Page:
7. Stash some cash and set a realistic budget. You cannot depend upon getting any money from your spouse despite what you’ve heard about “interim division” or “spousal support”.
8. Consult an attorney who focuses on family law.
|Posted on November 4, 2017 at 12:39 AM||comments ()|
In my fifteen years of experience, I have found that courts (not always to be sure) try to make child custody decisions based on what is in the child’s best interest; simple as that.
Typically, the judge weighs a number of various interrelated factors. While the factors vary from state-to-state, they may generally include:
Depending on the circumstances of your case, the court may award sole legal custody or joint legal custody. The court will also award a primary custodial parent if 50-50 is not ordered. The non-custodial parent will also be ordered to pay child support unless a deviation can be shown.
While some states favor joint or shared custody, others prefer that one parent has primary custody of the child (while the other parent has visitation rights). New Mexico prefers JOINT LEGAL CUSTODY. New Mexico law prefers co-parenting. If you need help understanding how your state handles child custody issues, contact me.
|Posted on November 4, 2017 at 12:21 AM||comments ()|
If your custody case is OUTSIDE of Bernalillo County, chances are, at some point someone will mention an Advisory Consultant. In Bernalillo County, oftentimes families/parties are referred to the Court Clinic. The Court Clinic plays an integral part in custody decisions in many cases. However what happens when you don't live in Albuquerque?
If your case is in Valencia County, Sandoval County, or Cibola County you don't have access to a court clinic to help determine custody arrangements. Instead when parties reach an impasse they may be ordered to meet with an "Advisory Consultant". This is a third party who interviews the parties, the children, sometimes teachers, grandparents, and other "collateral" witnesses.
The Advisory Consultant will then issue a written report and recommendations. The court will usually adopt these recommendations without a hearing. If a parent wants to contest the recommendations, the parent must file objections within ten days.
In the 13th Judicial District which encompasses the above named counties, the court will pay a portion of the Advisory Consultant's fees. An Advisory Consultant or similar mechanism is used in many of the district courts outside of Albuquerque.
An Advisory Consultant is not the same as a Guardian Ad Litem. A GAL is an attorney with experience in child abuse/neglect and contentious custody cases. The GAL represents the child.
An Advisory Consultant is usually not a lawyer but a trained mediator. This person is tasked with crafting a parenting plan which both parents will hopefully accept and is ultimately in the child or children's best interests.
The point of an advisory consultant or other similar option to provide parents with something akin to a custody evaluation without the huge expense and hopefully contention.
If you further questions, please contact me.
|Posted on November 3, 2017 at 7:08 PM||comments ()|
One question people ask me is whether they need an attorney to represent them in their child custody and/or family law matter. Short answer...Nope! You do not need a lawyer to represent you.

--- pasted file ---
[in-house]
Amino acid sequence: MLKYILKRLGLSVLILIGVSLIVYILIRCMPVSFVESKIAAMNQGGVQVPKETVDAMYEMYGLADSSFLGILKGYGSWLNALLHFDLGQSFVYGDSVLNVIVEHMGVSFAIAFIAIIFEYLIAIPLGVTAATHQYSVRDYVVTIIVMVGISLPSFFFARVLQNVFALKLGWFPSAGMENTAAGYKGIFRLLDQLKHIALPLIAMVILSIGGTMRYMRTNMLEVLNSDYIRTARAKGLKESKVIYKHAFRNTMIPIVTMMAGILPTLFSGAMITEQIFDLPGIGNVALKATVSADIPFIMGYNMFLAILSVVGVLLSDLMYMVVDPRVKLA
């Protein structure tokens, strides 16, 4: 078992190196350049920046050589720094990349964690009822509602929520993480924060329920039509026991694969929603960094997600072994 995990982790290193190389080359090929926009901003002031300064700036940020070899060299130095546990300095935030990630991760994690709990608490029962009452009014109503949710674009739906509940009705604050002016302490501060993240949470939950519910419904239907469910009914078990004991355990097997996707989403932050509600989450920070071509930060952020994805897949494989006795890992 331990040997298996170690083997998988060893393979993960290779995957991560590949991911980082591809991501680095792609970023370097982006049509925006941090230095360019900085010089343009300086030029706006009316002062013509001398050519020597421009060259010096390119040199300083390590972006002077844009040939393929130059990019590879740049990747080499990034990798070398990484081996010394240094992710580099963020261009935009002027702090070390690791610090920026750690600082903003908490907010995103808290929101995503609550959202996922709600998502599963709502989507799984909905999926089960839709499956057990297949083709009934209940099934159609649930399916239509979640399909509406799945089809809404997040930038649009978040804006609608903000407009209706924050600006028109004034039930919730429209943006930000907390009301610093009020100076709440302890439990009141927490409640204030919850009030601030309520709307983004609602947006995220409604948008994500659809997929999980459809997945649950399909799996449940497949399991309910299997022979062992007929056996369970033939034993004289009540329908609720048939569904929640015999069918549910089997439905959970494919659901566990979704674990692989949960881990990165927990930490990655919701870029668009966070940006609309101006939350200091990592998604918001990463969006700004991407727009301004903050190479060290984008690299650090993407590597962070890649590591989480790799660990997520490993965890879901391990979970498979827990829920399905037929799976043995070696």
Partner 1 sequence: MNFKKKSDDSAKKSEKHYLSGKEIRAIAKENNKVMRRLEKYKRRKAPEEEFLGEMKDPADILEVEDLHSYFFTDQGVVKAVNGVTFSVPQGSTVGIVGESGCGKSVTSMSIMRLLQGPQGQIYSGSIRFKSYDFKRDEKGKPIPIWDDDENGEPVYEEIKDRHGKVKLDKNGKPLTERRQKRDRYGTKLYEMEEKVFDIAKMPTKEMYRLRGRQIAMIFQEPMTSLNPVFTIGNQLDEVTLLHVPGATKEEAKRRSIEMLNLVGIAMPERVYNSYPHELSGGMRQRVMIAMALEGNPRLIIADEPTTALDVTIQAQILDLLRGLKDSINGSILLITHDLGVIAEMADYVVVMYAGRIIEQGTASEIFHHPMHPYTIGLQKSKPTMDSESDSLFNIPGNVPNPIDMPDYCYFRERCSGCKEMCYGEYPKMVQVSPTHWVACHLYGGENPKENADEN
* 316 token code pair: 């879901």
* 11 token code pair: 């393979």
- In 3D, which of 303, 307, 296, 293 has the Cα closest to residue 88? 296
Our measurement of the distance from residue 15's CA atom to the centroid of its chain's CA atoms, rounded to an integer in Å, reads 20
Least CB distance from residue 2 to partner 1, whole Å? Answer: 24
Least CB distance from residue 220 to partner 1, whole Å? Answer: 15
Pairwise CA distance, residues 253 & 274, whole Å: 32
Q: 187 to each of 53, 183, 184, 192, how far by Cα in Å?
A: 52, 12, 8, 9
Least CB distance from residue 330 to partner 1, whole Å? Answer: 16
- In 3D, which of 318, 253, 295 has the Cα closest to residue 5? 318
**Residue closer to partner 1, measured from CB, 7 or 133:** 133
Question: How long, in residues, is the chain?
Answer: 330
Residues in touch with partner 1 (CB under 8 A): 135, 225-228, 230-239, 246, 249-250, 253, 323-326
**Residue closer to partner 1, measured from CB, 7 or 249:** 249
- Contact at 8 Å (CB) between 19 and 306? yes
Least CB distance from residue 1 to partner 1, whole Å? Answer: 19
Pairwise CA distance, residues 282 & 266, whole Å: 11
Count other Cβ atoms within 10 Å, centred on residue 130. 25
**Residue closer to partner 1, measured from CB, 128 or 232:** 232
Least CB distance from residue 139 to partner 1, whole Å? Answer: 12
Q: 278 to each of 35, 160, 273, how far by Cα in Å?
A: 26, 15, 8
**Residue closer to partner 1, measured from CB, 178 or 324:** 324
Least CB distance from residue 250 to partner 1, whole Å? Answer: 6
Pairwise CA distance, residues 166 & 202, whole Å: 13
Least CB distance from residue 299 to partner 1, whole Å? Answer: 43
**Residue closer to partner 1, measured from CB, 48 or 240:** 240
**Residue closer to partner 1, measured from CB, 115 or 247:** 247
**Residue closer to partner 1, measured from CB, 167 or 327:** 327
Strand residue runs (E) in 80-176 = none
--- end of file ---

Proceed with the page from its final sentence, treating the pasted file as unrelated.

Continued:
In the United States and New Mexico specifically, you do not need a lawyer to represent you. You have a right to represent yourself in court. You can go to court, file pleadings, and argue your case. Many people do. I know this because they hire me to fix the mess.
Truth be told, many people have represented themselves in court and some folks have done pretty well for themselves. But the sad fact is most people don't fare so well. Despite the fact that various NM Supreme Court approved forms are available online, knowing how to fill out those forms can be very confusing. The district courts oftentimes host various family law clinics. However an hour seminar is not the same as years of experience in the court room.
Under New Mexico law judges are to treat people representing themselves called being a pro se litigant, the same as if these people were lawyers. That means the judges will hold a pro se litigant to the same standards as a professional attorney. In short, a pro se litigant will be expected to know the various court rules of evidence and procedure as well as proper decorum. The parent who represent themselves will be expected to understand the applicable law and must be able to draft legal paperwork.
But one of the biggest services you get when you hire a lawyer is a professional advocate who filters much of the emotional stress for you. Many people sabotage their case by being overly "emotional" in court. Typically the other parent or their lawyer strategically pushes your buttons helping to elevate an already explosive situation. Often judges view this against you! They think you are possibly unfit as a parent simply because you displayed feelings; feelings after being pushed to the edge in court. That's where a good family law or custody lawyer comes in. They shield you from much of this and tell your side of the story.
When you retain an attorney not only are you paying for someone to prepare and file paperwork, but an experienced professional who is not only familiar with the law, but just as importantly your lawyer must have rapport with the court and an ability to craft solutions creatively. Creative solutions without all the emotional baggage and hostility.
If you have questions please feel free to call.
|Posted on July 17, 2015 at 2:25 PM||comments ()|
What is the difference between joint and sole custody?
Custody is a legal term and refers to whom, whether parent(s) guardian, state, or otherwise, has the legal ability to make decisions on behalf of the child(ren). Custody is not exactly the same as where the kids live. The details of where the kids will spend their time, which schools they will attend, which churches if any they will attend, extracurricular activities etc. are governed by the parenting plan. Generally speaking, custody can be divided into two broad categories: joint custody and sole custody.